Cooling off periods in California

On Behalf of | Apr 4, 2019 | Uncategorized |

Remorse is a powerful feeling, particularly when a large amount of money is involved. It is fairly common for someone who buys a car to have buyer’s remorse, either because they think they spent too much money or they come to find that there is someone about the vehicle that they have a hard time adjusting to. While California does have a “Cooling-off” period, unfortunately, it probably will not be much help to the buyer.

The buyer gets a 2-day window

Those who buy a motor vehicle here are not guaranteed a cooling-off period. They do have the option to buy a cooling-off period, but it lasts only two days. Moreover, the individual purchasing the vehicle must buy that cooling-off contingency before driving your new ride off the lot. A cooling-off period is often prohibitively expensive to buy, and yet the buyer must sign a form saying they decline to buy it. Of course, a vehicle can be returned if there is something wrong with it or the dealership did something wrong.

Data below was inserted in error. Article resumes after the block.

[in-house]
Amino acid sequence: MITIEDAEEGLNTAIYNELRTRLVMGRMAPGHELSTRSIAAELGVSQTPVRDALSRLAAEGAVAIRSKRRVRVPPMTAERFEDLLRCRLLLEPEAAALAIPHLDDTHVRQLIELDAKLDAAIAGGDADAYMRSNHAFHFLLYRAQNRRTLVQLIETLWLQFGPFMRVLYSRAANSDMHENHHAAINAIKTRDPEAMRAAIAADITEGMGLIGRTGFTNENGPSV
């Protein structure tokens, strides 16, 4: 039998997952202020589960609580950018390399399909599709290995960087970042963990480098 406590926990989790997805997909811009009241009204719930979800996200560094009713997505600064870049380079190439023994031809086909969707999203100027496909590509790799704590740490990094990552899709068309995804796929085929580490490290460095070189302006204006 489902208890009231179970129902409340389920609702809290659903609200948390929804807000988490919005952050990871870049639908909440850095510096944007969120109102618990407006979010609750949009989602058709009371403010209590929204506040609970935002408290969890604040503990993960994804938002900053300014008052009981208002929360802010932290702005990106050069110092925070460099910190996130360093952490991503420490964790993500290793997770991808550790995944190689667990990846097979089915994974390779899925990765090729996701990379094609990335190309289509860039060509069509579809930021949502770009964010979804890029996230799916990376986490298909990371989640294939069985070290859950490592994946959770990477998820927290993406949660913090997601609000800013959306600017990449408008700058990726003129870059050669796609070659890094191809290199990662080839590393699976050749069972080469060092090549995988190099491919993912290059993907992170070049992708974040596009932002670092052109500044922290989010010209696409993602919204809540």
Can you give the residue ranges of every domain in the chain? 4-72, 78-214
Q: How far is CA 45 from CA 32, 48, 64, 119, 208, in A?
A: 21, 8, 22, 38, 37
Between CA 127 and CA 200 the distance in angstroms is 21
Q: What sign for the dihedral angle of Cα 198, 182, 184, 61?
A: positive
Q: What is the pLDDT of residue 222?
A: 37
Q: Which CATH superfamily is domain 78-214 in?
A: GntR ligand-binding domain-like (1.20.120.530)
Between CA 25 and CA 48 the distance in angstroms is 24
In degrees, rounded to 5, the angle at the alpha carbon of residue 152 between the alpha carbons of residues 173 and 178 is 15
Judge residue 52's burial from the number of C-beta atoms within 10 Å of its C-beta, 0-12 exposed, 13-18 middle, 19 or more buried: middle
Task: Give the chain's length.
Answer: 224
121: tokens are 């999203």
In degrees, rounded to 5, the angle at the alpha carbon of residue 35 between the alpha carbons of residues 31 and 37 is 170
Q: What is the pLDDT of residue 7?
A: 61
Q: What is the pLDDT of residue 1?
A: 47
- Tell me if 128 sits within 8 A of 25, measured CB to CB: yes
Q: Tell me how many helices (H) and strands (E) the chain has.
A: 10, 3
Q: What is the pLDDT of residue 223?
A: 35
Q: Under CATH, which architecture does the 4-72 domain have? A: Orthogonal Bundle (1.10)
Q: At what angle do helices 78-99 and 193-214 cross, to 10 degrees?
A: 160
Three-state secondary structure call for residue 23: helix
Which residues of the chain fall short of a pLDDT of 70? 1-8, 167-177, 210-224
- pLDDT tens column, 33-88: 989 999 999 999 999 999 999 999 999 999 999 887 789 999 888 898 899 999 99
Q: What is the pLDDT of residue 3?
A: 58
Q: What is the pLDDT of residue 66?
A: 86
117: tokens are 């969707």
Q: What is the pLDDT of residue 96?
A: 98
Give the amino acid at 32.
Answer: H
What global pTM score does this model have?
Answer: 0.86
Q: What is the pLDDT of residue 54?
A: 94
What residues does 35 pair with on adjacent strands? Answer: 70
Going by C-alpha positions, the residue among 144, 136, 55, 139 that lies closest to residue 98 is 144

Dealers get 10 days

The standard contract here is that the dealer has 10 days to find financing to cover the car loan. If they do not find financing, they must notify you that they are canceling the contract and the buyer must return the car. The buyer gets back their trade in the vehicle and all the money put down. The seller, however, may try to:

  • Blame you for having bad credit
  • Require more money down for a vehicle
  • Sign a new contract with higher payments
  • Threaten to keep the down payment
  • Threaten to repossess the vehicle

It is against the law to try any of the above acts. If they repossess the vehicle even though the buyer is making the agreed upon payments, the seller can be charged with theft of your property.

Lemon law protects the consumer

The dealer is typically obliged to honor any warranties when there is an issue with a new or used vehicle, especially when there has been a recall or other issues covered under California lemon laws or federal lemon laws. Depending upon the circumstances, it is often smart to contact an attorney with experience handling these issues. They can protect your interests and hold the seller accountable.